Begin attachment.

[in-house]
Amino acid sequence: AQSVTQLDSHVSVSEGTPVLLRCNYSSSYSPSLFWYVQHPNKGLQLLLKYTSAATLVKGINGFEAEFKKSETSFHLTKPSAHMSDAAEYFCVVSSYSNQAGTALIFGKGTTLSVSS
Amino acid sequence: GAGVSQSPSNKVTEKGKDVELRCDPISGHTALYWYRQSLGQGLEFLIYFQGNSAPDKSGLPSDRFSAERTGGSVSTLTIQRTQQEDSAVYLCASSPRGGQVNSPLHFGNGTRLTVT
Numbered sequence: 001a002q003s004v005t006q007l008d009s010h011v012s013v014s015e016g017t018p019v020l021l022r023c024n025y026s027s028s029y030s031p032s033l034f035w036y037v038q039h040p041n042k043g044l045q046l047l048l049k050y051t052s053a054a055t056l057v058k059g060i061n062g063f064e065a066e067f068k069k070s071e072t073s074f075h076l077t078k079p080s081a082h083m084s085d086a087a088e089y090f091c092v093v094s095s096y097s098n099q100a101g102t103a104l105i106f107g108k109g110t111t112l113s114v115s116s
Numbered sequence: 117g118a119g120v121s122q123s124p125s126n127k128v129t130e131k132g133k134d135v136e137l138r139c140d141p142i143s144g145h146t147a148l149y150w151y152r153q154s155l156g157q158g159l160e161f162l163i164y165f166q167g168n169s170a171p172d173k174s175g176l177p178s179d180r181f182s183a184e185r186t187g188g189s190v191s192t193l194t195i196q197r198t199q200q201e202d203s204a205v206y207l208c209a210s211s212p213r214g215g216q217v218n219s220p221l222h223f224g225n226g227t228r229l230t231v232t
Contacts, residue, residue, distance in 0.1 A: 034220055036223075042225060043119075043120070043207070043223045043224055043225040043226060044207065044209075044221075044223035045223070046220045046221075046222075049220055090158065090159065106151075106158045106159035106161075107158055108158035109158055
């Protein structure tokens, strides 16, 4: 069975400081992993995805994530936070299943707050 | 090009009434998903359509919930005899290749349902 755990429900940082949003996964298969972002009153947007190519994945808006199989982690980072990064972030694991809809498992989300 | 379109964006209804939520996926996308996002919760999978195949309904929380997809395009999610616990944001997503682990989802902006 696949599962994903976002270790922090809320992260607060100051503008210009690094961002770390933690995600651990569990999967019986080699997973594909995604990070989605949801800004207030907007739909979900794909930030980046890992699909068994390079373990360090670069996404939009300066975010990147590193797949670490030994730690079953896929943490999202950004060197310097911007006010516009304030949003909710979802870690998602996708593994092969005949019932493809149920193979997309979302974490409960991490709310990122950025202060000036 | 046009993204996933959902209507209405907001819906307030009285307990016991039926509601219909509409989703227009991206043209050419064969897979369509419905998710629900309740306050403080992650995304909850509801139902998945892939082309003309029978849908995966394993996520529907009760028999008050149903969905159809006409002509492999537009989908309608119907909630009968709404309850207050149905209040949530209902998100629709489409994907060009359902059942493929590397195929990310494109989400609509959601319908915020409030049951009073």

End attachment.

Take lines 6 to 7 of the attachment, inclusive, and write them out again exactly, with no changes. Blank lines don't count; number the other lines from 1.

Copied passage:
Contacts, residue, residue, distance in 0.1 A: 034220055036223075042225060043119075043120070043207070043223045043224055043225040043226060044207065044209075044221075044223035045223070046220045046221075046222075049220055090158065090159065106151075106158045106159035106161075107158055108158035109158055
């Protein structure tokens, strides 16, 4: 069975400081992993995805994530936070299943707050 | 090009009434998903359509919930005899290749349902 755990429900940082949003996964298969972002009153947007190519994945808006199989982690980072990064972030694991809809498992989300 | 379109964006209804939520996926996308996002919760999978195949309904929380997809395009999610616990944001997503682990989802902006 696949599962994903976002270790922090809320992260607060100051503008210009690094961002770390933690995600651990569990999967019986080699997973594909995604990070989605949801800004207030907007739909979900794909930030980046890992699909068994390079373990360090670069996404939009300066975010990147590193797949670490030994730690079953896929943490999202950004060197310097911007006010516009304030949003909710979802870690998602996708593994092969005949019932493809149920193979997309979302974490409960991490709310990122950025202060000036 | 046009993204996933959902209507209405907001819906307030009285307990016991039926509601219909509409989703227009991206043209050419064969897979369509419905998710629900309740306050403080992650995304909850509801139902998945892939082309003309029978849908995966394993996520529907009760028999008050149903969905159809006409002509492999537009989908309608119907909630009968709404309850207050149905209040949530209902998100629709489409994907060009359902059942493929590397195929990310494109989400609509959601319908915020409030049951009073």